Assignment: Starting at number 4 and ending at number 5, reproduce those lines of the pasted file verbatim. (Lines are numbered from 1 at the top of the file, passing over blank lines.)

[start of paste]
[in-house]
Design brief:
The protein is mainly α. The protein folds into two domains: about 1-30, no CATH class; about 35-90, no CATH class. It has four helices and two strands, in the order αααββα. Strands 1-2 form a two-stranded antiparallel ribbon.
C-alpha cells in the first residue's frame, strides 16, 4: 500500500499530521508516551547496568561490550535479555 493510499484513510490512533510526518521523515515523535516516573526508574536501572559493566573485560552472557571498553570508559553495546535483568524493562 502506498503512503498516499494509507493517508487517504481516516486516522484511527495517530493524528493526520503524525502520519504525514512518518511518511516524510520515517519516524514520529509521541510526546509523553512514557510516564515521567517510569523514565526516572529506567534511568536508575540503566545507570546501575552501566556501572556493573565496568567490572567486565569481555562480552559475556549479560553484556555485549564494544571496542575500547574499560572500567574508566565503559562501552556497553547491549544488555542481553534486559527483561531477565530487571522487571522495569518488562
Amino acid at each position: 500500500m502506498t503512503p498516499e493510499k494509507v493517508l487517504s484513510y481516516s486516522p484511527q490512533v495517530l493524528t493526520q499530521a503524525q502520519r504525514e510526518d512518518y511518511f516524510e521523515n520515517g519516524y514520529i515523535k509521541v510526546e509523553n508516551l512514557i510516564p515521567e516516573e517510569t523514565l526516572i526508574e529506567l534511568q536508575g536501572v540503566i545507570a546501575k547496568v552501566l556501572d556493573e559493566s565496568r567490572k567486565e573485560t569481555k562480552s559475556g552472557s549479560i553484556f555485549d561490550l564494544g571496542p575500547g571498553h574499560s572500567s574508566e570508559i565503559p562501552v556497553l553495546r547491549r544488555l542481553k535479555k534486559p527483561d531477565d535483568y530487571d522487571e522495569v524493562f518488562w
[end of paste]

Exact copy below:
C-alpha cells in the first residue's frame, strides 16, 4: 500500500499530521508516551547496568561490550535479555 493510499484513510490512533510526518521523515515523535516516573526508574536501572559493566573485560552472557571498553570508559553495546535483568524493562 502506498503512503498516499494509507493517508487517504481516516486516522484511527495517530493524528493526520503524525502520519504525514512518518511518511516524510520515517519516524514520529509521541510526546509523553512514557510516564515521567517510569523514565526516572529506567534511568536508575540503566545507570546501575552501566556501572556493573565496568567490572567486565569481555562480552559475556549479560553484556555485549564494544571496542575500547574499560572500567574508566565503559562501552556497553547491549544488555542481553534486559527483561531477565530487571522487571522495569518488562
Amino acid at each position: 500500500m502506498t503512503p498516499e493510499k494509507v493517508l487517504s484513510y481516516s486516522p484511527q490512533v495517530l493524528t493526520q499530521a503524525q502520519r504525514e510526518d512518518y511518511f516524510e521523515n520515517g519516524y514520529i515523535k509521541v510526546e509523553n508516551l512514557i510516564p515521567e516516573e517510569t523514565l526516572i526508574e529506567l534511568q536508575g536501572v540503566i545507570a546501575k547496568v552501566l556501572d556493573e559493566s565496568r567490572k567486565e573485560t569481555k562480552s559475556g552472557s549479560i553484556f555485549d561490550l564494544g571496542p575500547g571498553h574499560s572500567s574508566e570508559i565503559p562501552v556497553l553495546r547491549r544488555l542481553k535479555k534486559p527483561d531477565d535483568y530487571d522487571e522495569v524493562f518488562w